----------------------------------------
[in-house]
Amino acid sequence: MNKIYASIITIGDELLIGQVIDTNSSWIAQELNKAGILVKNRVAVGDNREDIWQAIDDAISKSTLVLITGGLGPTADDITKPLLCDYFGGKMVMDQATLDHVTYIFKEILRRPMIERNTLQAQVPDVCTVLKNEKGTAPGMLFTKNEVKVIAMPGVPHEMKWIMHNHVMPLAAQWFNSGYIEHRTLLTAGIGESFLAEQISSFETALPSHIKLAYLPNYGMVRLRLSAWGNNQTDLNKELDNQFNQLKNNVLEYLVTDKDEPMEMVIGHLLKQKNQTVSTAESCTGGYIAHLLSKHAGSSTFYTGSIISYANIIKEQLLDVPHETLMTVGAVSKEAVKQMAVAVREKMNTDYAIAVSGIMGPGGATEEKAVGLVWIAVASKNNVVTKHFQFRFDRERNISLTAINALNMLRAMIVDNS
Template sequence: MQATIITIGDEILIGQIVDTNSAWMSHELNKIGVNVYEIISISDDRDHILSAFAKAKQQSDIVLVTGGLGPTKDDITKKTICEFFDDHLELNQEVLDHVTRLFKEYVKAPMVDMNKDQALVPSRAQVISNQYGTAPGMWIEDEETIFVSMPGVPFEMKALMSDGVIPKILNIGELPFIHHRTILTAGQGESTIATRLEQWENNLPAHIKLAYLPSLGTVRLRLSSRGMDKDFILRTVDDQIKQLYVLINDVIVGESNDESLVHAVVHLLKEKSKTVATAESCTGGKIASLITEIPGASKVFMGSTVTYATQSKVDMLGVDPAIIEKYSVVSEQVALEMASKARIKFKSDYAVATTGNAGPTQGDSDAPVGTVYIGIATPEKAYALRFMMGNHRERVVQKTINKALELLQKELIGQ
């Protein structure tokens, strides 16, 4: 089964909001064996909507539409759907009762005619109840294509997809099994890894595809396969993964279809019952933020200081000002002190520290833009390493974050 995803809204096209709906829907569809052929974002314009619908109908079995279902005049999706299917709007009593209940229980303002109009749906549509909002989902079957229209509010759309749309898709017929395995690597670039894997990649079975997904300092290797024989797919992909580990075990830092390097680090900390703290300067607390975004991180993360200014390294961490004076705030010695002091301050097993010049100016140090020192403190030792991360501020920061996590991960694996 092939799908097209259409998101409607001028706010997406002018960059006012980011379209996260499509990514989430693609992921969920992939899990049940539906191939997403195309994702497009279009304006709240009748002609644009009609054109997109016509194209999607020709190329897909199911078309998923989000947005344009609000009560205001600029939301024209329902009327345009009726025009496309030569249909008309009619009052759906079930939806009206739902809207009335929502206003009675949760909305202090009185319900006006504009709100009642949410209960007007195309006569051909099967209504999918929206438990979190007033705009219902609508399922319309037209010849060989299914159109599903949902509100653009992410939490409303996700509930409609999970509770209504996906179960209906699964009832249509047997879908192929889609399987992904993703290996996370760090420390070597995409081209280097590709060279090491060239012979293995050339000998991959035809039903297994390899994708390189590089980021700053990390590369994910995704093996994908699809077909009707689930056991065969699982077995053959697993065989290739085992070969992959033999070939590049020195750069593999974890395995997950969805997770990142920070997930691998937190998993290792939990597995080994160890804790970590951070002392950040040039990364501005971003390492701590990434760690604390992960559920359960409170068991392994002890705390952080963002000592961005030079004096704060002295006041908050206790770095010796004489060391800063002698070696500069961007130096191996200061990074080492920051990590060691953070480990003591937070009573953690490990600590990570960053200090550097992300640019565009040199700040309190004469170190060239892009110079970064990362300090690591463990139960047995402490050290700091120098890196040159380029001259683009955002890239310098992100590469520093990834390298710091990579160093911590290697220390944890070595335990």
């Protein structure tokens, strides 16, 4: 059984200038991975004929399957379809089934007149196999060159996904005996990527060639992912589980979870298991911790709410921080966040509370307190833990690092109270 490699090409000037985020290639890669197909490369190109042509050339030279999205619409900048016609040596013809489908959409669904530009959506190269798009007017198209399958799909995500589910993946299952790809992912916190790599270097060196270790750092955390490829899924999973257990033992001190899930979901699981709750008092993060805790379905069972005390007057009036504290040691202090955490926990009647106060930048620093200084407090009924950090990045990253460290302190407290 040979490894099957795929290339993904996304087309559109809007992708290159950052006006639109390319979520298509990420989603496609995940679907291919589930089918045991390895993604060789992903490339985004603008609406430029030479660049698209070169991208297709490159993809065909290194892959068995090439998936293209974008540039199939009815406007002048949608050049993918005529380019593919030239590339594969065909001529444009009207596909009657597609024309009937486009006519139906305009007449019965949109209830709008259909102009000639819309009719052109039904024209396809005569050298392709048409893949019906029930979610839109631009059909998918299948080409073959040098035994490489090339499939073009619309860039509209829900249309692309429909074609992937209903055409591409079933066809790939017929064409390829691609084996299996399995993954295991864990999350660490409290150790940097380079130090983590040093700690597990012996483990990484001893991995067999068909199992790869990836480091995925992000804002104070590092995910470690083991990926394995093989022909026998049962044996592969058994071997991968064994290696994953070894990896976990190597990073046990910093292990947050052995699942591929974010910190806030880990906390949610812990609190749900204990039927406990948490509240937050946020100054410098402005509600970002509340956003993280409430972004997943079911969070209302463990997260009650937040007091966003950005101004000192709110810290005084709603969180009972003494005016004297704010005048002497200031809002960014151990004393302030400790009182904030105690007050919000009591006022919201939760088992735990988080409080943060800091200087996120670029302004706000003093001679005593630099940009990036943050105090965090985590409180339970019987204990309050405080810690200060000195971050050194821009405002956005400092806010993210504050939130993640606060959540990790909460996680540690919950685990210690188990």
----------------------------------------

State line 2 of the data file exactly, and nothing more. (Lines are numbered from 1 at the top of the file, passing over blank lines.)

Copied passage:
Amino acid sequence: MNKIYASIITIGDELLIGQVIDTNSSWIAQELNKAGILVKNRVAVGDNREDIWQAIDDAISKSTLVLITGGLGPTADDITKPLLCDYFGGKMVMDQATLDHVTYIFKEILRRPMIERNTLQAQVPDVCTVLKNEKGTAPGMLFTKNEVKVIAMPGVPHEMKWIMHNHVMPLAAQWFNSGYIEHRTLLTAGIGESFLAEQISSFETALPSHIKLAYLPNYGMVRLRLSAWGNNQTDLNKELDNQFNQLKNNVLEYLVTDKDEPMEMVIGHLLKQKNQTVSTAESCTGGYIAHLLSKHAGSSTFYTGSIISYANIIKEQLLDVPHETLMTVGAVSKEAVKQMAVAVREKMNTDYAIAVSGIMGPGGATEEKAVGLVWIAVASKNNVVTKHFQFRFDRERNISLTAINALNMLRAMIVDNS